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Sumba Island – Lesser Sundas – Indonesia

Sumba Island – Lesser Sundas – Indonesia

Sumba Island is one of the fastest developing islands in Indonesia. It has two airports and extensive new roads construction. The Island has some of the greatest surfing and scuba diving locations in the world. Sumba has an incredible diverse and unspoiled nature. In the past years price of land was increasing by 100% every year.

The island was first documented by Pigafetta, a travelling companion to famed Portuguese explorer Megellan in 1522, when the first ships of the Portuguese arrived on the isolated and tribal shores of Sumba.

They recorded proud natives clad in fine woven Ikats, their bodies adorned with beautiful ornaments, and wrote of the traditional villages perched on green hills and valleys swarming with sculptured stone megalithic tombs.

This unique island is referred to as the rising star of Indonesia. Arguably, this is the most attractive location in Asia in terms of opportunities for future tourism development and growth.

Sumba is located just one hour flight from the famous Bali, in the eastern part of Indonesia, and belongs to the Lesser Sunda islands, the Eastern Nusa Tenggara Province, Indonesia.

At that time the air was filled with the sweet-smelling aroma of sandalwood forests that covered the island and remained centuries later a highly sought after commodity earning its name as ‘Sandalwood Island’ with the Dutch colonisation in 1756.

The Sumbanese also bartered their sturdy horses for gold, silver and Chinese ceramics that were, and still are, highly regarded as precious items by the islanders.

Sumba was known amongst foreign traders as being an island of fierce warriors where headhunting expeditions were common. It was due to these incessant raids that the villages were built on hilltops and heavily fortified by stone walls.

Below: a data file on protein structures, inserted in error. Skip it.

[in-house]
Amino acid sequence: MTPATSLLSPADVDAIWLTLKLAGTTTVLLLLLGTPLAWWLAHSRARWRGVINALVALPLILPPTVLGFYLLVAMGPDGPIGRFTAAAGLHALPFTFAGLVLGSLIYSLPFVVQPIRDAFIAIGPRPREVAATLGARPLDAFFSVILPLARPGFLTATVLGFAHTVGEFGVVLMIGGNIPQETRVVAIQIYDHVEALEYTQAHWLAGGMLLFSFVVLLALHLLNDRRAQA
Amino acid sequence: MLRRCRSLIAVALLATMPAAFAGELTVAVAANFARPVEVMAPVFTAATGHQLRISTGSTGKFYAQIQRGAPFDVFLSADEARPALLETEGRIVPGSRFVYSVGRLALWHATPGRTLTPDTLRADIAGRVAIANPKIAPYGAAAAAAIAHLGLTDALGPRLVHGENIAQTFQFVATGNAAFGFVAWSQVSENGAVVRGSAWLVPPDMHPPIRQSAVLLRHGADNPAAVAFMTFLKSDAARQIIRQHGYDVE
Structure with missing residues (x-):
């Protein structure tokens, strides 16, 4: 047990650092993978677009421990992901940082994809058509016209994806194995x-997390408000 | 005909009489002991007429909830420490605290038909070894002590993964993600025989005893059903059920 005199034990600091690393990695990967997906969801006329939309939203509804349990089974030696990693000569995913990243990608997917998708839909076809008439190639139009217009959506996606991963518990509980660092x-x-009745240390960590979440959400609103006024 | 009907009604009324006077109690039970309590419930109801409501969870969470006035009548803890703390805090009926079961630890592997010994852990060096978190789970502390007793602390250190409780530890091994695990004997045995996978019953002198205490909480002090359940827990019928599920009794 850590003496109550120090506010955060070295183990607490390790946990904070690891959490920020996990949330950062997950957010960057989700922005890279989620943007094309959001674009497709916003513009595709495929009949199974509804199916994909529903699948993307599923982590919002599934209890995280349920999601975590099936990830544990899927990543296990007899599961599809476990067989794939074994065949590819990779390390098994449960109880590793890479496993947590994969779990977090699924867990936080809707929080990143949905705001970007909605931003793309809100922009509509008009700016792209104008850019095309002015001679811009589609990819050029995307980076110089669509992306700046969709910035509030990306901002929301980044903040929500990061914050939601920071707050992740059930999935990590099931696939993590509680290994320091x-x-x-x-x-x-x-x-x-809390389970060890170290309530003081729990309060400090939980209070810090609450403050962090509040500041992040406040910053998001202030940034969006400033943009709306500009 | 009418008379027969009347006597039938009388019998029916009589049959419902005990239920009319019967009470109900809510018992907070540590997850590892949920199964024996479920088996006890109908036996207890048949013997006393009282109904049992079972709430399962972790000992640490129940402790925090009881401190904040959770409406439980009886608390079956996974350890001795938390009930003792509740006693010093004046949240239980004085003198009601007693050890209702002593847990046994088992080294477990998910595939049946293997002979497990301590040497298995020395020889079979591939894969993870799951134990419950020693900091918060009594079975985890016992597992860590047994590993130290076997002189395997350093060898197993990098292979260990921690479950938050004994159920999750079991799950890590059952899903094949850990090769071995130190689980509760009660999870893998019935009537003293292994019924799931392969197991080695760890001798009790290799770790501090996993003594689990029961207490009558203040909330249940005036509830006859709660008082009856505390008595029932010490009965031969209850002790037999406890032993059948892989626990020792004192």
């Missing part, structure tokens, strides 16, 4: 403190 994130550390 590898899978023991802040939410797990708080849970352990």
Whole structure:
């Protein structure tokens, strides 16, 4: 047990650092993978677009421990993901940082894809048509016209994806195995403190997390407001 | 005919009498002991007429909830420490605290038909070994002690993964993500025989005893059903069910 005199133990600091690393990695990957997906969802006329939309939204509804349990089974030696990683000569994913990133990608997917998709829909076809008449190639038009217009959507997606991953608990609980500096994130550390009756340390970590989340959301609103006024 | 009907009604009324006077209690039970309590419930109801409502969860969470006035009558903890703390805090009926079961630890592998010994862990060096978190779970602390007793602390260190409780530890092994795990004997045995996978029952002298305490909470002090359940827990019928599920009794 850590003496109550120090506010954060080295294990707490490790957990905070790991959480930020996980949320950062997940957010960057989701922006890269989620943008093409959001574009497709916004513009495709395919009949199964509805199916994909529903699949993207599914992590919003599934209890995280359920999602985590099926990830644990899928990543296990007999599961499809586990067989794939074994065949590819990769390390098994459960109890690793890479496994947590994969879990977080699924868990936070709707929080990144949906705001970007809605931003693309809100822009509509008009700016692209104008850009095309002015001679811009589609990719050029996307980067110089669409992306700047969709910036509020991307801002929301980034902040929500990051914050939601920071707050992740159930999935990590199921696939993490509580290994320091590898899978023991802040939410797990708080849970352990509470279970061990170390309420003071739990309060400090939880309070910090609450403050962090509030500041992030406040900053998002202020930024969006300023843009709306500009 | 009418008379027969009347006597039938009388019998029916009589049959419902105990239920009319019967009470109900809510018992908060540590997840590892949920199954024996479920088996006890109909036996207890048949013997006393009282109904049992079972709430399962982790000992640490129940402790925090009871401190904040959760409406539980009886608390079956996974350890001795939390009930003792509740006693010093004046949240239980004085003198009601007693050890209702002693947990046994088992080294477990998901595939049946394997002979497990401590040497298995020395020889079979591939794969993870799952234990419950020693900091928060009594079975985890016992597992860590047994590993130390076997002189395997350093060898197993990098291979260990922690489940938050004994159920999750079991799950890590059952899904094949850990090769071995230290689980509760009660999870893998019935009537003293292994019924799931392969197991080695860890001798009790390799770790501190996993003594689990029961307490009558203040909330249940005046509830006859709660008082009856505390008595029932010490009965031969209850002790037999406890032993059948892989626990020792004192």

The dry season was the period of the headhunting expeditions as well as the wars between rival clans and villages. In East Sumba, heads were used as tokens of territorial conquest in battles between nobles. In West Sumba, headhunting rites were often acts of revenge between equals. In both parts of the island the heads were considered trophies that would be displayed on “skull trees” in the villages. It was believed that the trophies brought home would stimulate prosperity and fertility of the village and the fields.

Since Indonesian Independence in 1945, Sumba has been part of Nusa Tenggara Timor, the “Southeastern Islands,” with its administrative capital in Kupang on the Island of Timor. Although the government has recently improved the cross-island road as well as ferry and airport access to the island, outside of the local administrative capitals of Waingapu and Waikabubak life has changed little.

Sumba is part of the Lesser Sunda Islands and its geography spans 11,000 square kilometres, making it twice the size of Bali, with only 650,000 inhabitants (approximately one sixth of Bali) where the majority of the population still follow the ways of their ancestors.

The terrain on Sumba is quite different to its neighbouring islands; undulating hills replace the typical volcanic terrain in Indonesia with many areas in the North and East of the island resembling dry savannahs, whilst central highlands are covered in native Alang Alang grass and the mountains in the South extend down into lush tropical vegetation.